Tom Lasseter's report on innocent people detained by the United States in our war on terror (remember this case?) reminds me of my reaction how Scalia characterized the majority's ruling in Boumediene. He said that the court's ruling, giving detainees Habeas rights against their indefinite detentions, "will make the war harder on us. It will almost certainly cause more Americans to be killed."
He might be right. He might not be -- I'm skeptical there is no trade-off by which our continued flouting of human rights doesn't redound back against us in the form of more violence (when Scalia pointed to several released detainees who engaged in acts of violence against American troops, my response was "well sure -- if they didn't hate America before, they sure as hell do now!"). But he might be right. It is entirely possible that, in the wake of this decision, our jobs will become harder, and more Americans will be killed.
You know what else has that effect? Rights. The fact that the police can't just bomb apartment buildings with suspected criminals inside puts officers at risk. Some, inevitably, will be wounded or killed as a result. Yet, we restrict ourselves anyway. Every right afforded to criminal suspects (a significant concern of our bill of rights) could be cast as putting Americans at risk. The "safe" thing to do would be to shell "bad" neighborhoods into submission and then round up the survivors and place them in internment camps. That would keep Americans alive. It would just be hideously immoral, so we don't do it.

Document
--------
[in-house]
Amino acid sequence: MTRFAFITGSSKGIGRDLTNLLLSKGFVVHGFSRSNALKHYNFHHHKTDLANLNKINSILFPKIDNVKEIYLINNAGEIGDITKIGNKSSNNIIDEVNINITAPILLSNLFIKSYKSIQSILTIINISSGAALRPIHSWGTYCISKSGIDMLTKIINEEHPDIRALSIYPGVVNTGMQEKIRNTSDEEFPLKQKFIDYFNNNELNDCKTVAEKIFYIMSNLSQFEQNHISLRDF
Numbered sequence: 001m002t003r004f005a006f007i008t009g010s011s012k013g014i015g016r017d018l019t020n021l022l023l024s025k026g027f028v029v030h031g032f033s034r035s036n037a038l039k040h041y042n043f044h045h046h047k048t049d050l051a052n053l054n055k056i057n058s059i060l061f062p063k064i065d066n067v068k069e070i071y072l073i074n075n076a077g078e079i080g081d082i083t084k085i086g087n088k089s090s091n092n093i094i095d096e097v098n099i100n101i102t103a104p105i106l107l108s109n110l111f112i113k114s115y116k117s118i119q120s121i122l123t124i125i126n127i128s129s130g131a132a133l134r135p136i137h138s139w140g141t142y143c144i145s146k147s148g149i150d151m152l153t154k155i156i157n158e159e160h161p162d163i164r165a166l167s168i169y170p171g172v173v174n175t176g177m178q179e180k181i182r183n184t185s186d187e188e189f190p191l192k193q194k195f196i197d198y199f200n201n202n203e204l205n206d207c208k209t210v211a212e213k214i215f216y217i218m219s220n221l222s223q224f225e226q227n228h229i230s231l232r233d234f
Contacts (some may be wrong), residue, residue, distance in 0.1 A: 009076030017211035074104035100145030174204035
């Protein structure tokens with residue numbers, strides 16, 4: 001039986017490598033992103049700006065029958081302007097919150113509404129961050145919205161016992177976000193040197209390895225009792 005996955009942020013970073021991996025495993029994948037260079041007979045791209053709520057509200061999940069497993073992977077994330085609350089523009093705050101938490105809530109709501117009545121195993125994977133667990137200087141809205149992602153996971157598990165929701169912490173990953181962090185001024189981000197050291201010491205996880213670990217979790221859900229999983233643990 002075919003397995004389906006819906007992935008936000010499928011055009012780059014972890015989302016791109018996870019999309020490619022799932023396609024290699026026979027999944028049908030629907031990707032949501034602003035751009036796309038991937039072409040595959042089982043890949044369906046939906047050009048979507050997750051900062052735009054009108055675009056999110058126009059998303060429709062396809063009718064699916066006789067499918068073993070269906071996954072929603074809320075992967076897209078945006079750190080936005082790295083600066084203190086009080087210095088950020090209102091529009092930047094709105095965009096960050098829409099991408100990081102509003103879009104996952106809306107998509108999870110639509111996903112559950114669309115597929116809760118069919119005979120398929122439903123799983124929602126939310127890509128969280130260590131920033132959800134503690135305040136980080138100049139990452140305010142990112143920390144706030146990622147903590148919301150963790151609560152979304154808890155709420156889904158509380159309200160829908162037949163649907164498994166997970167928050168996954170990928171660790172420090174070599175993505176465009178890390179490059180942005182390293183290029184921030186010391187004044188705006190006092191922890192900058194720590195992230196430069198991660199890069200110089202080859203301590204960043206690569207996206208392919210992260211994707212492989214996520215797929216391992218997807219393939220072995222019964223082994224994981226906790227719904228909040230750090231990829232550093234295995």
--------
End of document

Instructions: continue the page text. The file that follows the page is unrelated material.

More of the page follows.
The point is that being a moral human being means that there are some things we can't do, even if they're in our immediate security interests, because they're wrong. In the context of war, certain tactics definitionally cause us to lose the war even if they help an individual battle. When Scalia makes this sort of argument, he betrays a basic misunderstanding of what it means to live in a free society -- in a society that cares about morality, in a society that is constrained by the constitution. "Security" simply does not give us free license to do whatever we want. What Scalia wants is for America to have the liberty to become terrorists. Our founders were wise enough to chart a different course.